The XX Factor

Why Franken Had to Go

Sen. Al Franken, just before announcing his resignation at the U.S. Capitol.

Mark Wilson/Getty Images

Minnesota Sen. Al Franken announced on Thursday his plan to resign “in the coming weeks” after a series of allegations that he groped women and kissed them without consent. “There is a big part of me that will always regret having to walk away from this job with so much work left to be done,” Franken said in somber remarks on the Senate floor. “But I have faith that the work will continue because I have faith in the people who’ve helped me do it.”

In recent weeks, as accusers have come forward with stories of Franken allegedly forcing kisses on them and squeezing their butts during photo-ops, there has been much hand-wringing among Democrats and progressives about how he and the party should respond. Should Franken have resigned immediately after L.A. radio host Leeann Tweeden first accused him of shoving his tongue into her mouth, a claim accompanied by a picture of Franken pretending to grab her breasts while she slept? As my colleague Mark Joseph Stern wrote that day, the credibility of Franken’s party, which had called for alleged child molester Roy Moore to quit the Alabama Senate race, was on the line. Or should Franken have stuck it out and left a Senate ethics investigation to decide his fate? After all, it may do women worse if a far-right conservative wins his open Senate seat than it would have been to leave in place a handsy creep who doesn’t vote against women at every turn.

The dilemma boiled down to this: Democrats could either put themselves at a potential political disadvantage by observing rules of decency Republicans have entirely abandoned, or they could lower themselves into the GOP latrine, keep Franken on the roster, and spend the next several election cycles smelling a little like shit. Democrats seemed content to hold their nose and bear with Franken through the first half-dozen accusations. But when a seventh accuser came forward this week, at least 17 Democratic senators—mostly women—publicly urged Franken to step down, leaving him little choice.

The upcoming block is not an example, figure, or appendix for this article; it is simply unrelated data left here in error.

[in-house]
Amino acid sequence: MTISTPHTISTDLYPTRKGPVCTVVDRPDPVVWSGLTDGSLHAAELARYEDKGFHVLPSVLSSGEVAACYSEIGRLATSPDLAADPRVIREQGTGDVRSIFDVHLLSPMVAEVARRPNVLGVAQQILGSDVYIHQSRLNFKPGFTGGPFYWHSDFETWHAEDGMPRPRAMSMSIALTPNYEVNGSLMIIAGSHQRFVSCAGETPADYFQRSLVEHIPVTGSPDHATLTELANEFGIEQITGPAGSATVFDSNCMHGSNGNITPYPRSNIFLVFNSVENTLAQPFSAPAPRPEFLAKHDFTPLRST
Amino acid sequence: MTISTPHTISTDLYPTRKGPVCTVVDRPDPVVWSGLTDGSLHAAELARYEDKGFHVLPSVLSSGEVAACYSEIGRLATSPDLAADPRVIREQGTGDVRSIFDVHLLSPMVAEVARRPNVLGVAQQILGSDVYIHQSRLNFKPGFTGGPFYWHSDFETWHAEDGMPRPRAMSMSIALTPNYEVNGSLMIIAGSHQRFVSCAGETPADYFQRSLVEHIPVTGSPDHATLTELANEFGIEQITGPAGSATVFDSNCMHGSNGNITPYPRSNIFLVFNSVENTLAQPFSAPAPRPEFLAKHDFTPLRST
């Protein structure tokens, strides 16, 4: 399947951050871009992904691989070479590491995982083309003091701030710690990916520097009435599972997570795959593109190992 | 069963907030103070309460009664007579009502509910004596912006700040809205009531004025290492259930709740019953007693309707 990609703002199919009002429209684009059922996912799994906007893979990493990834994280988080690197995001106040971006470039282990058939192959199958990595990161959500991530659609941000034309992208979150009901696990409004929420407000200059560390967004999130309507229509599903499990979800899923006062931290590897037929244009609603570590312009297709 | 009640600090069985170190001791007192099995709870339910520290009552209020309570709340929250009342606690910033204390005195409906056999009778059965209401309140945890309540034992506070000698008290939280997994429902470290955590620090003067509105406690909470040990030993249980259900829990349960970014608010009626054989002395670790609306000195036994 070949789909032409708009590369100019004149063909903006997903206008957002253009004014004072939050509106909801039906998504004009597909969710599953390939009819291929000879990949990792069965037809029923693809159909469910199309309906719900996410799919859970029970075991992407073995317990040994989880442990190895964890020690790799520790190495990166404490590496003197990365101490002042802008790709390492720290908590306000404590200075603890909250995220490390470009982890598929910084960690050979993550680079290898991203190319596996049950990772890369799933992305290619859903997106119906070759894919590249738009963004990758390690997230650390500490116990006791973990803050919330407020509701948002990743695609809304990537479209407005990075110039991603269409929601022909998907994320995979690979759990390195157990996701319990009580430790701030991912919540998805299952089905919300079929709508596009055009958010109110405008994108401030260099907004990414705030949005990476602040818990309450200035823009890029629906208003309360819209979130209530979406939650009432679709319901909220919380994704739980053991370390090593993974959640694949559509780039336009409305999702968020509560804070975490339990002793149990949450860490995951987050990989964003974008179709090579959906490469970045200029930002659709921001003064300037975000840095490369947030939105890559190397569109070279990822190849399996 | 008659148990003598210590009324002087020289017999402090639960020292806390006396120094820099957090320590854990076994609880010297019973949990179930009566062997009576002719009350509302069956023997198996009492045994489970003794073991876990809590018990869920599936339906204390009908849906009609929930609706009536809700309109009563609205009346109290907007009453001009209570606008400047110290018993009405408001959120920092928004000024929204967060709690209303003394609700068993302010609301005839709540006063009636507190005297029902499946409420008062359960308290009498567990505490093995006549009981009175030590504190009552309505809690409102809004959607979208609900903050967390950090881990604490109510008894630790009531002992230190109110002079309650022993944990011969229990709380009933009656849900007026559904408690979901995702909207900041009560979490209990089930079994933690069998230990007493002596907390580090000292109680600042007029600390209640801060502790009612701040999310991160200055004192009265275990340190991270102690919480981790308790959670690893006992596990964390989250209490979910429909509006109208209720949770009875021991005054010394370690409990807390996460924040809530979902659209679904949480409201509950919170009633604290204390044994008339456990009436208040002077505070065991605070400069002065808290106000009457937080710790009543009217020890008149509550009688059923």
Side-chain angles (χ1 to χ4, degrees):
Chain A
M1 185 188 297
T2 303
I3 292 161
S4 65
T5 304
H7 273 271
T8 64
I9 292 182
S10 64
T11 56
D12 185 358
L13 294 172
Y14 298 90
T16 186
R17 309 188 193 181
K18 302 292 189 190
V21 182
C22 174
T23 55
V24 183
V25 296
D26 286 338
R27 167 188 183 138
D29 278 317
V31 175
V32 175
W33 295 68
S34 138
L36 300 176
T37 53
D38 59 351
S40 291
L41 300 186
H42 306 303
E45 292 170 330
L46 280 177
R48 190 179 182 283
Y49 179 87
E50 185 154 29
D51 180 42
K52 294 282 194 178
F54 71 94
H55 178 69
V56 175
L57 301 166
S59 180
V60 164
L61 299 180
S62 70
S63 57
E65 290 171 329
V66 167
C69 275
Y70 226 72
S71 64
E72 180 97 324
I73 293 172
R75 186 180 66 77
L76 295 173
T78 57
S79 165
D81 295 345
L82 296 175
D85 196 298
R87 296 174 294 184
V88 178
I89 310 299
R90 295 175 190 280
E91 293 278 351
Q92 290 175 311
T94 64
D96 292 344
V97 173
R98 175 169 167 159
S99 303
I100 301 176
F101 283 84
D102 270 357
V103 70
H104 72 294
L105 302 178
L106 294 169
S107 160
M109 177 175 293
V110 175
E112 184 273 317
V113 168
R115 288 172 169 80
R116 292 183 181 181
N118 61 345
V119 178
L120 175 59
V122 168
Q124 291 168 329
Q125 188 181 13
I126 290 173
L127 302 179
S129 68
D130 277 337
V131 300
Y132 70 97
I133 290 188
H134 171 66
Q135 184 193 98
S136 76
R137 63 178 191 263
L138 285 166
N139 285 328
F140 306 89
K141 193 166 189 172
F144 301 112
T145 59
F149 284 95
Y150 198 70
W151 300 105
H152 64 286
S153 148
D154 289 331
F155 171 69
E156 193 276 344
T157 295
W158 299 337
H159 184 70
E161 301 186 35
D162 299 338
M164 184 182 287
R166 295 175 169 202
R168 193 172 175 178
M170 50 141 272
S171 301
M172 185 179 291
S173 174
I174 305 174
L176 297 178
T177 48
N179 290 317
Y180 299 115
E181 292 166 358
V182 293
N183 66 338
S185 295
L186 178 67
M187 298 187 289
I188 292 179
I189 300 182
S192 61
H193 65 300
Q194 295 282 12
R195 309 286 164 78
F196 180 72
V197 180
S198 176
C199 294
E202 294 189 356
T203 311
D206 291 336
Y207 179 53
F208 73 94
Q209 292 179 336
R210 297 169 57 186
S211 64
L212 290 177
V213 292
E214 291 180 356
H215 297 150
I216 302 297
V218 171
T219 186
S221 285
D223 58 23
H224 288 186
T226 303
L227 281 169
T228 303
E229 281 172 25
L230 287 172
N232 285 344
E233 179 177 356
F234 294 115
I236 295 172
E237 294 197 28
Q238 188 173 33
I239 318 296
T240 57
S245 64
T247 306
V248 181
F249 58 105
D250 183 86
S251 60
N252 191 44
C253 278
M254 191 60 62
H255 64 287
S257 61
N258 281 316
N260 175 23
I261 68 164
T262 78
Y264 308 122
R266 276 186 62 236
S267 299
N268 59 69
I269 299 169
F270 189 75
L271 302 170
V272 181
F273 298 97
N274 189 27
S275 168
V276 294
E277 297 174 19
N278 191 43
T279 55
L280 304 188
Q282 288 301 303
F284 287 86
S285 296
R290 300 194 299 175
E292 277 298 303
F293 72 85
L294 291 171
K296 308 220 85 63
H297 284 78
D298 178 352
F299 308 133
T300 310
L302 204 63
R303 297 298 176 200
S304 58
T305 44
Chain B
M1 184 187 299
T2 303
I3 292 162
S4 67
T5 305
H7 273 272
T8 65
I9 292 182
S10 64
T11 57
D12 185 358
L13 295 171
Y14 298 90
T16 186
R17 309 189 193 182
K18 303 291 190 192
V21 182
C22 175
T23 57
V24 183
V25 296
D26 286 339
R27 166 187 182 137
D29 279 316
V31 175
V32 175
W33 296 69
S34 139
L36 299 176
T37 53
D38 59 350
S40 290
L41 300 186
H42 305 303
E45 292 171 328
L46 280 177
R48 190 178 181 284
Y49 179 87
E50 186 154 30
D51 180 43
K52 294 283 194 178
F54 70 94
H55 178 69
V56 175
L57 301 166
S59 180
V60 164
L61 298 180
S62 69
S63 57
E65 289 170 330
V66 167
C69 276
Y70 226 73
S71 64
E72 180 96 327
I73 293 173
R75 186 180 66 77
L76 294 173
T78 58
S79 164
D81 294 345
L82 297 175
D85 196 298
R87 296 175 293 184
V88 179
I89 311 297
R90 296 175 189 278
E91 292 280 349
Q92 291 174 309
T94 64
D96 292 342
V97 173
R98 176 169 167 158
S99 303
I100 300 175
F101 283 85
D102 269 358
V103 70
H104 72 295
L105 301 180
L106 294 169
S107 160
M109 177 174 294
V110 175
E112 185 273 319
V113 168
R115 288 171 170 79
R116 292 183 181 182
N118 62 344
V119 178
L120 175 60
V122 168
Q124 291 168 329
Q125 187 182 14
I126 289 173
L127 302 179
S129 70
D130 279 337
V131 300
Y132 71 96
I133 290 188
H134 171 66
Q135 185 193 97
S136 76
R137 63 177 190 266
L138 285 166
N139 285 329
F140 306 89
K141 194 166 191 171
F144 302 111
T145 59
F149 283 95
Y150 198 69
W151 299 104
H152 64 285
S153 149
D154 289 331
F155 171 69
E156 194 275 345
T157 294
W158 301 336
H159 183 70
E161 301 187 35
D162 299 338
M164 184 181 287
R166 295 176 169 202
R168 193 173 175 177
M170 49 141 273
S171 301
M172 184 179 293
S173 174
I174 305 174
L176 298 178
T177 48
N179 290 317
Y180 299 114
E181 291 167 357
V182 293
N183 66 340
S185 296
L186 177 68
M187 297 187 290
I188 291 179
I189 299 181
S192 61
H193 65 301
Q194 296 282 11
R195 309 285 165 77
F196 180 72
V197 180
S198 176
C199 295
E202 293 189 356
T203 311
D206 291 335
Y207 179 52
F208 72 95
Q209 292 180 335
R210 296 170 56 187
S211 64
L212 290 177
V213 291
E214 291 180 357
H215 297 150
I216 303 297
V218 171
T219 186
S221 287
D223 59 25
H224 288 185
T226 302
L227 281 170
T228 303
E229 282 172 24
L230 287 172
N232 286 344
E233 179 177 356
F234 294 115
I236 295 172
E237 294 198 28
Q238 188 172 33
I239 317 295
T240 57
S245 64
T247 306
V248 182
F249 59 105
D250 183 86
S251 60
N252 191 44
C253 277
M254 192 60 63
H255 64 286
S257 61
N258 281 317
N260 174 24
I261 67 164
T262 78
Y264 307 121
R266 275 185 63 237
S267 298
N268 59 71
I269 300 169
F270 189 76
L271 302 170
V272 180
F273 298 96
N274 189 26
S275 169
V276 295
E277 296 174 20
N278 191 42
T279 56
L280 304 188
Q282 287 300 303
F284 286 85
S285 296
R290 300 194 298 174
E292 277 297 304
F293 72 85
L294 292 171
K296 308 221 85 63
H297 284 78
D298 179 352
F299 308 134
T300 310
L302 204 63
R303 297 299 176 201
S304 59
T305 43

However unfair it may be that Franken is leaving Washington while admitted assailant Donald Trump is still in the White House (Franken called it an “irony” in his remarks on Thursday) and Moore might be on his way to the Senate, it is clear that Democrats, and Franken, made the right call.

Republicans have never held themselves to the same standards of behavior as Democrats, and it will never be a good idea to sink to the GOP’s depths of hypocrisy. Theirs is the party that panders to a set of rabid anti-abortion voters who couldn’t care less about the transgressions of its leaders as long as they vote to curtail women’s bodily autonomy. Its tolerance even extends to men who privately tell their own extramarital girlfriends to get the abortions its voters despise. It’s the party that lifted Clarence Thomas to the Supreme Court, positions the Violence Against Women Act as an assault on family values, believes equal pay legislation is anti-male, bemoans the days when women stayed home to keep house, and works to make it harder for colleges to combat campus rape. Dems are hardly blameless—no less than Joe Biden did Thomas a big favor by casting doubt on Anita Hill’s claims of sexual harassment—but in the Republican Party, contempt for women is a feature, not a bug. It would do Democrats no good to start hedging their own commitment—new as it is, for some—to gender equity.

Progressives like Kate Harding, who wrote a Washington Post piece last month arguing that Franken’s resignation would do more harm to women than good, believed they were playing the long game when they encouraged Democrats to allow the senator to keep his seat. Kicking him out might make the party look good now, but the potential damage done by the ouster of a good liberal could last for years. I’d counter with an even longer game: Think about the Democrats with long, bright futures ahead of them, the rising stars, the next Obamas, the legislators who might pass universal Medicare or eliminate Medicaid abortion bans or become president someday. If Kirsten Gillibrand, Sherrod Brown, and Kamala Harris didn’t condemn Franken, they’d lose no small degree of faith among women currently feeling empowered by the #MeToo movement to root out abusers. If Franken was allowed to keep his seat while his party comrades twiddled their thumbs, young people who already think the Democratic Party is a corrupt instrument of the bourgeoisie would have one more reason to write it off for good. By sacrificing one senator, however popular he might be and whatever the perils of relinquishing his seat, Democrats were able to prevent irreparable damage to the party’s reputation among the people it should care about most: its base.

There’s another still longer game to think about, too. In the best-case scenario, the hurt caused by Franken’s resignation will be a memorable lesson to Democrats: Don’t mistreat women, or promote the candidacies of people who do—otherwise, your party might take a debilitating loss when it can least afford it, and the whole country will suffer. The moral high ground can be painful to walk, but at least there are fewer gropers there.